A Project of the Center for Advanced Study in the Visual Arts, National Gallery of Art
History of Early American Landscape Design

Basin

[http://www.nga.gov/content/ngaweb/research/casva/research-projects.html A Project of the National Gallery of Art, Center for Advanced Study in the Visual Arts ]

(Bason)
See also: Canal, Fountain

History

Fig. 1, Charles Fraser, A Bason and Storehouse Belonging to the Santee Canal, 1803.
Fig.2, Charles Varlé, Project for the Improvement of the Square and the Town of Bath, 1809.

The term basin had at least two applications in American landscape design vocabulary: as a part of a waterway and as a receptacle of water. As part of a waterway, the term referred to a protected area of a river or sea or a widening in a canal where boats, such as those in Charles Fraser's painting of the basin on the Santee Canal in South Carolina [Fig. 1], were moored, repaired, loaded, and unloaded. While basins on navigable canals were rarely landscaped, they were occasionally incorporated into public landscape designs, such as those at Fairmount Waterworks in Philadelphia and at the national Mall in Washington, DC. A canal and basin were created expressly for a public garden in Charles Varlé’s plan for the town of Bath, which included a jet d’eau in the center of the rectangular basin [Fig. 2]. In the second application of the term, “basin” described a receptacle of water issued from a spring (the garden of Charles Wistar in Philadelphia), a stream (Mr. V.’s residence in Hallowell, Maine, as described by Timothy Dwight), underground pipes (Charles Willson Peale's estate, Belfield), or a fountain (W. H. Corcoran’s garden in Washington, DC, as described by C. M. Hovey). Both meanings of the term appear to have been consistent throughout the period under study, and the frequency of associating basins with fountains likely increased with the introduction of pressurized water systems.

Fig. 3,Unknown, Derby Garden, circa 1795–1799.

Two treatises identified construction materials for basins. J. C. Loudon (1826) noted that large garden basins may be formed of clay-lined excavations or lined with pavement, tiles, or lead (view text), and Jane Loudon (1845) recommended that “all geometrical or architectural basins of water ought to have margins of masonry” (view text). It is difficult to determine whether most garden basins were built according to such treatise advice, but two examples specify other materials. In 1814, Charles Willson Peale described having his basin at Belfield “walled up with a proper mortar” (view text), and in another letter mentioned a marble basin. Frances Trollope in 1830 described the stone basin at Fairmount Waterworks complete with a cup “for the service of the thirsty traveller” (view text).

Fig. 4, Benjamin Henry Latrobe, “Plan of the public Square in the city of New Orleans, as proposed to be improved. . .” [detail], March 20, 1819.

The visual and textual evidence for basins suggests that they were located in a variety of contexts in garden plans. Inscribed images of basins are relatively rare, but the drawing by an unknown artist for the layout of the Elias Hasket Derby Farm in Peabody, Massachusetts [Fig. 3], depicts a basin in the center of the plan for a kitchen garden. Although the Derby garden is curiously off-axis with the house, the basin is the central feature of the garden, and marks the intersection of the walks. Other unlabelled paintings and plans depict similar circular, centrally placed water receptacles, which are most likely to be interpreted as basins. For example, Benjamin Henry Latrobe's plan of 1819 for the Place d’Armes (renamed Jackson Square) in New Orleans [Fig. 4], and the painting of Col. George Boyd’s seat in Portsmouth, New Hampshire [Fig. 5], both include central basins. In other instances, basins were placed in rockeries or in locations determined by water sources such as springs and streams.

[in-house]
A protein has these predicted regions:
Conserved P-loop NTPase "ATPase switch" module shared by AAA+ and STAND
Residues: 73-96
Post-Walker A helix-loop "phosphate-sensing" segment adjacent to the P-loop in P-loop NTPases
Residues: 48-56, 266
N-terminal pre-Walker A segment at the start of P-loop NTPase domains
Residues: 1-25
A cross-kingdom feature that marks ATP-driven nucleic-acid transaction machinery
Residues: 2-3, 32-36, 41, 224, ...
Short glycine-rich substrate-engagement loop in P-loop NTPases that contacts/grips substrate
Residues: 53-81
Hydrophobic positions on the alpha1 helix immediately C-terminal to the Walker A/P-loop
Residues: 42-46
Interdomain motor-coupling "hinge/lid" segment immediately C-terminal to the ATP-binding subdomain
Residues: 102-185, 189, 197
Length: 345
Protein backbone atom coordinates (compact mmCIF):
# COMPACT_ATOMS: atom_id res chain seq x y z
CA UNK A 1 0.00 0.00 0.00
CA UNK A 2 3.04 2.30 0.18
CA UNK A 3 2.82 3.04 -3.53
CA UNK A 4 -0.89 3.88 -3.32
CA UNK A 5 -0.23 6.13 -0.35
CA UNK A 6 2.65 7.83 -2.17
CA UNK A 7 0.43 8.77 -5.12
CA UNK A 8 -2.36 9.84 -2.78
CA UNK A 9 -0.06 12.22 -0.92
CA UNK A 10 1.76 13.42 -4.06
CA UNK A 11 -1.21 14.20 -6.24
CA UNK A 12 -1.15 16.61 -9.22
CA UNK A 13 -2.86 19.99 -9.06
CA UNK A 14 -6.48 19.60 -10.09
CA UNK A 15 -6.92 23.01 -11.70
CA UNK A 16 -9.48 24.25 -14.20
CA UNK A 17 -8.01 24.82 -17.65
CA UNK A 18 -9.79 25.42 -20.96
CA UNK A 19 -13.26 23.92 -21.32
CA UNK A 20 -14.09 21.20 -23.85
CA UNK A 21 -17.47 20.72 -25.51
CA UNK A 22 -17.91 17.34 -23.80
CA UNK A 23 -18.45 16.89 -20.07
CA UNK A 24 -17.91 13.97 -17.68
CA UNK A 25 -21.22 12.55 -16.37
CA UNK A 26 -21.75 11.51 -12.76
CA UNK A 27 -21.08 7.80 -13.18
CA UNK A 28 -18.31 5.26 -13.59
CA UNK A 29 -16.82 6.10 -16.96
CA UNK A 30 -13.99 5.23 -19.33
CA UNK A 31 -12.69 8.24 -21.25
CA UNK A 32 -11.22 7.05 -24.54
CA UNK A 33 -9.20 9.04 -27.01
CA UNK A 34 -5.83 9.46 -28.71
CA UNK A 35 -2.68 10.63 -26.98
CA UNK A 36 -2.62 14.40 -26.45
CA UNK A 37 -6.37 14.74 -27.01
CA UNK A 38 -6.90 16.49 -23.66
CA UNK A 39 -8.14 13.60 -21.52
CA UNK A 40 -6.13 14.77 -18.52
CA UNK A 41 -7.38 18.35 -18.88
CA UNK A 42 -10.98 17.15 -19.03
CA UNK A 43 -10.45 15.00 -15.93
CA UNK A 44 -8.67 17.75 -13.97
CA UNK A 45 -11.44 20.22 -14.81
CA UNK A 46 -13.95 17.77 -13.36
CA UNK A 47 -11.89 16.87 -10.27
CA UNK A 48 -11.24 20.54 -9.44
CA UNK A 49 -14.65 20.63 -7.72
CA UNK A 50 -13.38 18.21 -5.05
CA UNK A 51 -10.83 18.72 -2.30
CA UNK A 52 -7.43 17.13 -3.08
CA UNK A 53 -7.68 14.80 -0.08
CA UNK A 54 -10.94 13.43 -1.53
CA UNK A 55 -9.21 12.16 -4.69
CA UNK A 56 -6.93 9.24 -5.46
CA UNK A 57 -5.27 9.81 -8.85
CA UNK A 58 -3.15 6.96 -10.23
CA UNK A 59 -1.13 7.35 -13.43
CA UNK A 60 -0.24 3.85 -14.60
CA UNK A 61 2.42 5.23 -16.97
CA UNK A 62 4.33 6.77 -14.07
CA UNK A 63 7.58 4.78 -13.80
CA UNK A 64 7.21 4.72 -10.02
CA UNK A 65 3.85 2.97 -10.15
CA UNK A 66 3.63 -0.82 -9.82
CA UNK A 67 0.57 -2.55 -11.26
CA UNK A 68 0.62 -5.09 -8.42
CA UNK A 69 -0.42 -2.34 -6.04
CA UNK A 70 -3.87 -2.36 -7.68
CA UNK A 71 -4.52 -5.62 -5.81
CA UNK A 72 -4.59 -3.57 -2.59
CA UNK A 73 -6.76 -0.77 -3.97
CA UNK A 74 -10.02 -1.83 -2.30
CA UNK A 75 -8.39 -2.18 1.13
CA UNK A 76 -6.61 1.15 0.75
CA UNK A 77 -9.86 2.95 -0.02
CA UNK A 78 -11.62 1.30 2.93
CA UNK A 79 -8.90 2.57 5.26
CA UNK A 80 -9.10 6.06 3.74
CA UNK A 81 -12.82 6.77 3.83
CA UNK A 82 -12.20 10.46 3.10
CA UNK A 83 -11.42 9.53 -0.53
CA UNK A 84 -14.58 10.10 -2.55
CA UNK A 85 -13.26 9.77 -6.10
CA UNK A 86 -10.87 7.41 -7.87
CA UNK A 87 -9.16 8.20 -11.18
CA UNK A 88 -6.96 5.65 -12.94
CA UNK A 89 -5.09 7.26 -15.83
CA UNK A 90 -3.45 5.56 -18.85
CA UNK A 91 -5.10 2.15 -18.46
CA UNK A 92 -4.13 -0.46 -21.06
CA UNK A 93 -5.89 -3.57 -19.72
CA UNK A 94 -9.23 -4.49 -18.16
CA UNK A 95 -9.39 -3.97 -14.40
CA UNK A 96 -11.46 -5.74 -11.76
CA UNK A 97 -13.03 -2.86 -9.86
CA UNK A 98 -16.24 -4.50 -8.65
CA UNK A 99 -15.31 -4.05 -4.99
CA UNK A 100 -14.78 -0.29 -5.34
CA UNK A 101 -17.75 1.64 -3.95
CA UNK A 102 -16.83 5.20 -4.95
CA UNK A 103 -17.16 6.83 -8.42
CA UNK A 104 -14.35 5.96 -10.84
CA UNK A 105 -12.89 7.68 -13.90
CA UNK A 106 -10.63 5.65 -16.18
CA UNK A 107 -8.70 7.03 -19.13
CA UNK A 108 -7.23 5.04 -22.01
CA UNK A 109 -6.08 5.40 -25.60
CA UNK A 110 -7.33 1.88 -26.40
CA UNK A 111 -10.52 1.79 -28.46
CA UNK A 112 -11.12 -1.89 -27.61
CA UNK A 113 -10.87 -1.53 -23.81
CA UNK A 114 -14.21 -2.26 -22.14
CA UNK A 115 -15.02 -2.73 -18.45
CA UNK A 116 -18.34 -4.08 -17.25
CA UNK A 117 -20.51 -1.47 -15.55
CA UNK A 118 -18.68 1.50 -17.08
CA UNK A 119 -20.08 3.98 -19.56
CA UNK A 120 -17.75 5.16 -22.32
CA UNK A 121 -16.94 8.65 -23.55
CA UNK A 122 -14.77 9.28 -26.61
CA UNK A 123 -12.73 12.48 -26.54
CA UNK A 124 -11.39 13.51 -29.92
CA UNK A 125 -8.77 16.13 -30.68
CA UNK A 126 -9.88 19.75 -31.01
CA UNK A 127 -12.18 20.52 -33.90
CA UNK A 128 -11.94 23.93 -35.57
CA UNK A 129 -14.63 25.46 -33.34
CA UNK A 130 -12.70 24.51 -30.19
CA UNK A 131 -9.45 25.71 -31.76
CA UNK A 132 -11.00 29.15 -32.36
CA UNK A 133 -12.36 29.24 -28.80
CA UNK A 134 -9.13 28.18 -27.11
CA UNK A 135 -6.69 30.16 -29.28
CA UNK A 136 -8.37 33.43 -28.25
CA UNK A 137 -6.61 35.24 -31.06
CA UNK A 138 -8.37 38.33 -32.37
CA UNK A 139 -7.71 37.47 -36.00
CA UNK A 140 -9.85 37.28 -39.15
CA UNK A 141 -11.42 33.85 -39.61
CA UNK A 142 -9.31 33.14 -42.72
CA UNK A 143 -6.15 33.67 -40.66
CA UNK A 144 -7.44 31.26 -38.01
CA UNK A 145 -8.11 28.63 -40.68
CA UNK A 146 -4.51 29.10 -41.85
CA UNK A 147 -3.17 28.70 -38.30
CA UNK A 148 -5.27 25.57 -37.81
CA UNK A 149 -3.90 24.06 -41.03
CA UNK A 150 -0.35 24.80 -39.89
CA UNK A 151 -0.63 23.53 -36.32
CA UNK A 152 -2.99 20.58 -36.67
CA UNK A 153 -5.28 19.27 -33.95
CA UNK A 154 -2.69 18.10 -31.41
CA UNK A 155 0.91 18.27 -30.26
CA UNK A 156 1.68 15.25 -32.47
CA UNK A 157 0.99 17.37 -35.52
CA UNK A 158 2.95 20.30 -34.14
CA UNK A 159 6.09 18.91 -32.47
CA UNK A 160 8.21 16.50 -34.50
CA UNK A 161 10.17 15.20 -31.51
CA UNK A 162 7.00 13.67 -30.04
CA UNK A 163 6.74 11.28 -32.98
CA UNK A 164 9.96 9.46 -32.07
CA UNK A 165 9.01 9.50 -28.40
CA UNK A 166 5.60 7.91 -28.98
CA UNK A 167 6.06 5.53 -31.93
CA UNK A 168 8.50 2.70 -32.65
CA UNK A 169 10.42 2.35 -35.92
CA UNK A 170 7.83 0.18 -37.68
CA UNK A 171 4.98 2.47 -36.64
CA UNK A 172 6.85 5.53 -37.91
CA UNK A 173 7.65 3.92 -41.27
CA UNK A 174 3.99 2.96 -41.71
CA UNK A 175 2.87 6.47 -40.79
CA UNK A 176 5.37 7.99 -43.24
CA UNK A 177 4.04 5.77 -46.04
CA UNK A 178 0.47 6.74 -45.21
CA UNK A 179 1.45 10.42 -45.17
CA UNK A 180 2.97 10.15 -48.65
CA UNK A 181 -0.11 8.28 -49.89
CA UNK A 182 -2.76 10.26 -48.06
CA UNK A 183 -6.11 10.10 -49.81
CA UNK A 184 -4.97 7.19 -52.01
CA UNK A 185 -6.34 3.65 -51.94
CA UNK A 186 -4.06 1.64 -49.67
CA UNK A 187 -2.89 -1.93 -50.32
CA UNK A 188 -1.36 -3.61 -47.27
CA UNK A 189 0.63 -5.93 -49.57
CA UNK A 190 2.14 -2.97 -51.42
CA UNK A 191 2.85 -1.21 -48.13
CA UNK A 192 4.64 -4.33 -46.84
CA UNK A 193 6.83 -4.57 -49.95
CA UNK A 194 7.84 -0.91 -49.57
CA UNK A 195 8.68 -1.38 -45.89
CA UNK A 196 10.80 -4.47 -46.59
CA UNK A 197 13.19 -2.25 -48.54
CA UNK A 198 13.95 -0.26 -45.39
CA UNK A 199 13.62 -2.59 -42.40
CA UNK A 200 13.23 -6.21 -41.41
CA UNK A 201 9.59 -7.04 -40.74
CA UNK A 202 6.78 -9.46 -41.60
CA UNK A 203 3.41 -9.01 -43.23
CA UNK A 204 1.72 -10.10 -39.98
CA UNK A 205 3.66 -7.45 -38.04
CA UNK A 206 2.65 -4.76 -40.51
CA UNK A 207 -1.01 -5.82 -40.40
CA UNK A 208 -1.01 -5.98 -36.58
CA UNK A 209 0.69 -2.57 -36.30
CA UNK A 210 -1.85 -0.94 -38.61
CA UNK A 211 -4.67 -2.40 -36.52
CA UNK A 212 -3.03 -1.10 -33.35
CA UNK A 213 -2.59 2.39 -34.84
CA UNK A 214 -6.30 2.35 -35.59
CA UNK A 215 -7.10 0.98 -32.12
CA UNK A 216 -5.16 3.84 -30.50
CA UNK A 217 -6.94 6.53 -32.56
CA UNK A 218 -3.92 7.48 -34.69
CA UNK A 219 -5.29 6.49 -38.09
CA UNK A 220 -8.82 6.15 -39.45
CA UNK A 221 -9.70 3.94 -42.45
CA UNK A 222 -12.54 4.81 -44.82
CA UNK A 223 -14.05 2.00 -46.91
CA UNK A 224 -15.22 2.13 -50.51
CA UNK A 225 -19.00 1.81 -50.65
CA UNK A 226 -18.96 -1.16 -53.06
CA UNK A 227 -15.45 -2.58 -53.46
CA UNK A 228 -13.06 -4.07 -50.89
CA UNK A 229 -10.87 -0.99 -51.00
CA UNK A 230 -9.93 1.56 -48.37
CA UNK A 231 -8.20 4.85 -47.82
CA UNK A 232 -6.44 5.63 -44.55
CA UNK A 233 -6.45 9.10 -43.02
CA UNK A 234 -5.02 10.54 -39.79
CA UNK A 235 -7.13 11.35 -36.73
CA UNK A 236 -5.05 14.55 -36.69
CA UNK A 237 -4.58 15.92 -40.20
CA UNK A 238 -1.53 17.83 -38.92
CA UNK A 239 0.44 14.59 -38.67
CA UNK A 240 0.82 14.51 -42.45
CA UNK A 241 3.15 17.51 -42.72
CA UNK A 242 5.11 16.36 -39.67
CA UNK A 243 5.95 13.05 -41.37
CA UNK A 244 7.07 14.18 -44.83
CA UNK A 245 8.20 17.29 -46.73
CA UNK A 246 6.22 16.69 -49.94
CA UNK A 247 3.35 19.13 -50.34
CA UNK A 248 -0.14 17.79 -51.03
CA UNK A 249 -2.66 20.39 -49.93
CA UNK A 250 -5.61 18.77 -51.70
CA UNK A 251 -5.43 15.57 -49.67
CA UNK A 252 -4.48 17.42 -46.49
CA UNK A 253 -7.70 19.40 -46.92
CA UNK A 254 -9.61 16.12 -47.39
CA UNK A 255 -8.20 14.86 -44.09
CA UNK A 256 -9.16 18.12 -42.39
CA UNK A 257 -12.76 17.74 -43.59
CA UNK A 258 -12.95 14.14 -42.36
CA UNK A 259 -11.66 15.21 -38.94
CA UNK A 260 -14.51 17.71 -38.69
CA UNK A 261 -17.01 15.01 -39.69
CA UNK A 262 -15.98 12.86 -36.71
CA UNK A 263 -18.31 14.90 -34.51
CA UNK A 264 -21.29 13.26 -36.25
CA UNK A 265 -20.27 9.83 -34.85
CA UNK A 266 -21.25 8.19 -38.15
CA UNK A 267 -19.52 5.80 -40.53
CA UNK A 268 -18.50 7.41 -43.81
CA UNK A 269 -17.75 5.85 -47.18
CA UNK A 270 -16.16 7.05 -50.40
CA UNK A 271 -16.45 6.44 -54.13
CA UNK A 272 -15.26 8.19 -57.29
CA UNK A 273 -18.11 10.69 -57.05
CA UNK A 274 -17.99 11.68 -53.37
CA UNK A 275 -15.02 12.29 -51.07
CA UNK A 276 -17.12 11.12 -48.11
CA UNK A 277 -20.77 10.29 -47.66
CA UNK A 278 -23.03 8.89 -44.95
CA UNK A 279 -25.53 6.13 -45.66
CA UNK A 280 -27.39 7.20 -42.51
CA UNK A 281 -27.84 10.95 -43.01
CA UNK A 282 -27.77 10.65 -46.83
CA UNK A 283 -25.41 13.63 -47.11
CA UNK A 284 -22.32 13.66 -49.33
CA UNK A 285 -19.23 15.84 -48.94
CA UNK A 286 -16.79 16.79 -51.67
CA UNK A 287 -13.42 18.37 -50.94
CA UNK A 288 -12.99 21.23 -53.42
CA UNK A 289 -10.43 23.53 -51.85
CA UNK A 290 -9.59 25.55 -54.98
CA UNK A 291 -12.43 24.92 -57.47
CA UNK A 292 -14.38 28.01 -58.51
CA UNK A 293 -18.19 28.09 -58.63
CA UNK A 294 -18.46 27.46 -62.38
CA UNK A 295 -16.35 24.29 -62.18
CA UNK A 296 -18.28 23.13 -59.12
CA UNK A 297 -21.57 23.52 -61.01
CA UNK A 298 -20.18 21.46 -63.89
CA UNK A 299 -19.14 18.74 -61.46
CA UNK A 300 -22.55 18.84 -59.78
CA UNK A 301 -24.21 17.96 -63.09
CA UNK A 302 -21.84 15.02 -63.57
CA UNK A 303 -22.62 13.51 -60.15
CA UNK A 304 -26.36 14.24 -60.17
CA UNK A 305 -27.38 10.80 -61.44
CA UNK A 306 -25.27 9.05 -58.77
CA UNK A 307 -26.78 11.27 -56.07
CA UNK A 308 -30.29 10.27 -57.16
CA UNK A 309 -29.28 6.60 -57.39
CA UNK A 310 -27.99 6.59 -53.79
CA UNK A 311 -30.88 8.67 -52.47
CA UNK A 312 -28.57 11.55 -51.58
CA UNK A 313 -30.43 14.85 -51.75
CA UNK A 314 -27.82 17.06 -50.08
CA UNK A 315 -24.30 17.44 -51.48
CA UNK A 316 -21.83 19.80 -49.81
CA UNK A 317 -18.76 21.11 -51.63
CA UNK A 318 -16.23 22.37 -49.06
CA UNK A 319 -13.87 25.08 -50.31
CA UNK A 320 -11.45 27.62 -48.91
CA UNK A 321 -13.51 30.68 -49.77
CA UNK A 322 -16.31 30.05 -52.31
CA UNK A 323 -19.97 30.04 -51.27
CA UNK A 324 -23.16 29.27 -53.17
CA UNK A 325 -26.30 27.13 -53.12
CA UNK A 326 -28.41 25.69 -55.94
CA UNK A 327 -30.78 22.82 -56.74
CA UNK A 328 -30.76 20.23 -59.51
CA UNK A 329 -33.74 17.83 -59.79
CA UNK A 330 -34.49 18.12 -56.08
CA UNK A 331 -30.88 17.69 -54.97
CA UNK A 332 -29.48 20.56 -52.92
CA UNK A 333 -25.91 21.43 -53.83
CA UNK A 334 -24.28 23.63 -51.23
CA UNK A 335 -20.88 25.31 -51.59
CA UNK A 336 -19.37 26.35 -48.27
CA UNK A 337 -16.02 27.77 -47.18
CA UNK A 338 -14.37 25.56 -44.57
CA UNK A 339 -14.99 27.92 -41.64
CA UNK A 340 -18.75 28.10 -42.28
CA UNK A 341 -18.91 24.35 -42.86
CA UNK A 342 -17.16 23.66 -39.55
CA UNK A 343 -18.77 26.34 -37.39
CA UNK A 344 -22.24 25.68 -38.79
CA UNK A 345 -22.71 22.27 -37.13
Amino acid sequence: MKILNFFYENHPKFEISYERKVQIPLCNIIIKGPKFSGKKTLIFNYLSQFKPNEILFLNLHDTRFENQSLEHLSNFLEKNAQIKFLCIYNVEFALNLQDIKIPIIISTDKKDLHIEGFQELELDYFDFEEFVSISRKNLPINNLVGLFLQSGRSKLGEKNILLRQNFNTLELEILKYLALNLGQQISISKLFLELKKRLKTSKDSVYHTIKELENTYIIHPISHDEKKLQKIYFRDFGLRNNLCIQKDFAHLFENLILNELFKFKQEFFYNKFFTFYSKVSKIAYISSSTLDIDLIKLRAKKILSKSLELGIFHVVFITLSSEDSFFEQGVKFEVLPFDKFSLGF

Fig. 5, Anonymous, The South West Prospect of the Seat of Colonel George Boyd of Portsmouth, New Hampshire, New England, 1774.
Fig. 6, Benjamin Henry Latrobe, Section of the northern course of the canal from the tide in the Elk River at Frenchtown to the forked [oak] in Mr. Rudulph’s swamp, 1803.

As treatises suggested, basins of water not only cooled and animated the garden but, as William Forsyth (1802) noted, they also provided the practical functions of drainage and rain collection (view text). Peale used basins as water collection points for his hydraulic system, and Robert Mills's plan for the national Mall, Washington, DC, called for water from fountains to be collected in basins and transported through underground pipes for irrigating the public garden. Landscape design on an urban scale often required the redirection and creation of alternative waterways. Drawings by Latrobe for the creation of a national university on the Mall [See Fig. 8] and for the Chesapeake and Delaware Canal [Fig. 6] indicated that basins were key elements in his designs.